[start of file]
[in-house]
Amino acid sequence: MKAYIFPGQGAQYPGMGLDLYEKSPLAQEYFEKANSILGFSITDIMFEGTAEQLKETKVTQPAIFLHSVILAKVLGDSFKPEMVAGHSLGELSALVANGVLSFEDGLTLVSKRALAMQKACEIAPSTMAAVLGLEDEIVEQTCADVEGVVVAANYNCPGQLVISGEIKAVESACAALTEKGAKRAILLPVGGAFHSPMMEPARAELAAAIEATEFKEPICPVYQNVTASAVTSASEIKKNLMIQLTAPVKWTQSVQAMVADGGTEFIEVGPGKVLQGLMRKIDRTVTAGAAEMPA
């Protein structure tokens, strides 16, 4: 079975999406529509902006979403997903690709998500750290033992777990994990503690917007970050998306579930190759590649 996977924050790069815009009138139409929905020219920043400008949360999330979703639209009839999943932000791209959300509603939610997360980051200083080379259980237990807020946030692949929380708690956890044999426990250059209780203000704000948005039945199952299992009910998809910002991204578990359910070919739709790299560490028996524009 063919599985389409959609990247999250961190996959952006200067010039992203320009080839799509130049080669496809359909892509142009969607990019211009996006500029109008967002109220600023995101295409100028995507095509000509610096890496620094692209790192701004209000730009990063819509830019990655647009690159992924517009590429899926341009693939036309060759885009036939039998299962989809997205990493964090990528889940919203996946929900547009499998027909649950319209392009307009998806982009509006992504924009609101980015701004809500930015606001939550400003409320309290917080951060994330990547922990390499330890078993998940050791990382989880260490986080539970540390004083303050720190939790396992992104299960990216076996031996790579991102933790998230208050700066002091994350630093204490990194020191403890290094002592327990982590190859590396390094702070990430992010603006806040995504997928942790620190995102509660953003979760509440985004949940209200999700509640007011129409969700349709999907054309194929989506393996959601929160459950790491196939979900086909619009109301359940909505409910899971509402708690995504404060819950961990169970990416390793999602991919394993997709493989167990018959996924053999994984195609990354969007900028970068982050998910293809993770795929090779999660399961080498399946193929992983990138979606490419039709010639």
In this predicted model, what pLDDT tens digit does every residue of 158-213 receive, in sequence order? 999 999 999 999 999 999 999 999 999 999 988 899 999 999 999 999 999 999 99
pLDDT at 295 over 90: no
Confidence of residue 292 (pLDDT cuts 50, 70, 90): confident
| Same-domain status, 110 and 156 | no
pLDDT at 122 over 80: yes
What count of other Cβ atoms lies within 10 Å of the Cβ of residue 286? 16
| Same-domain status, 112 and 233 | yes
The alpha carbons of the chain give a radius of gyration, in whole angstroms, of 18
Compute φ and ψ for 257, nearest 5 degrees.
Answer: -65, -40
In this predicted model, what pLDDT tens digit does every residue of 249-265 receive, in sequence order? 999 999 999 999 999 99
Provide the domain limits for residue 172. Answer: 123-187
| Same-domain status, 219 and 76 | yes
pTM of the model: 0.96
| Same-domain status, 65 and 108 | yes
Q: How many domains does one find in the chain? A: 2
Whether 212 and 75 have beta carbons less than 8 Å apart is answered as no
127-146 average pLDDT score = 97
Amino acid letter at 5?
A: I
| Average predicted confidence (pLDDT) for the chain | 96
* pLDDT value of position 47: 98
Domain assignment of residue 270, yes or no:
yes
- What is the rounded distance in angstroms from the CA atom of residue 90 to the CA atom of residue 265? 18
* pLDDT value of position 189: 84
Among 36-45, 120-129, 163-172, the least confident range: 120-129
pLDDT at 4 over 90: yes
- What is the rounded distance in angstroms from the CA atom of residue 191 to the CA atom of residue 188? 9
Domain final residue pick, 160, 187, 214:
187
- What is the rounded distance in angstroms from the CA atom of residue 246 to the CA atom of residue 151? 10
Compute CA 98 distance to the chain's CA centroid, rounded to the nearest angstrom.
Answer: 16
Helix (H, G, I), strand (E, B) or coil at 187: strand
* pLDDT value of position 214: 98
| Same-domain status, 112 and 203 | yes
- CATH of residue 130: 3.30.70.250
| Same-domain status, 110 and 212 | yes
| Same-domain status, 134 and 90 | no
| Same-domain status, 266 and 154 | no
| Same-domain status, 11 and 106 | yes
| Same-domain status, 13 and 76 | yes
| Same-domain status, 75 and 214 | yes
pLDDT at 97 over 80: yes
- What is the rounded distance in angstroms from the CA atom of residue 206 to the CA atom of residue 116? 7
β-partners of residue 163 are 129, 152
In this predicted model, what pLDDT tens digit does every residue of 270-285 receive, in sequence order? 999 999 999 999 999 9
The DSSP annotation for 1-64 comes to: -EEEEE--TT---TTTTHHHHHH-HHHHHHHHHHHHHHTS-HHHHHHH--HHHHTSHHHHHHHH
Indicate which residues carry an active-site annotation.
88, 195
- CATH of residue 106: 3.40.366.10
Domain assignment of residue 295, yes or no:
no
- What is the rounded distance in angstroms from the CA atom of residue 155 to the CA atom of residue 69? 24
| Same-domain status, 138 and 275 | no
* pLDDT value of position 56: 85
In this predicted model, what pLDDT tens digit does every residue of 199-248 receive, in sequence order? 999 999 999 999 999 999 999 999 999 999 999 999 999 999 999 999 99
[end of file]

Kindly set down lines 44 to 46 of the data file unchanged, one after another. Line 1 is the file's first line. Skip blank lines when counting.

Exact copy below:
| Same-domain status, 266 and 154 | no
| Same-domain status, 11 and 106 | yes
| Same-domain status, 13 and 76 | yes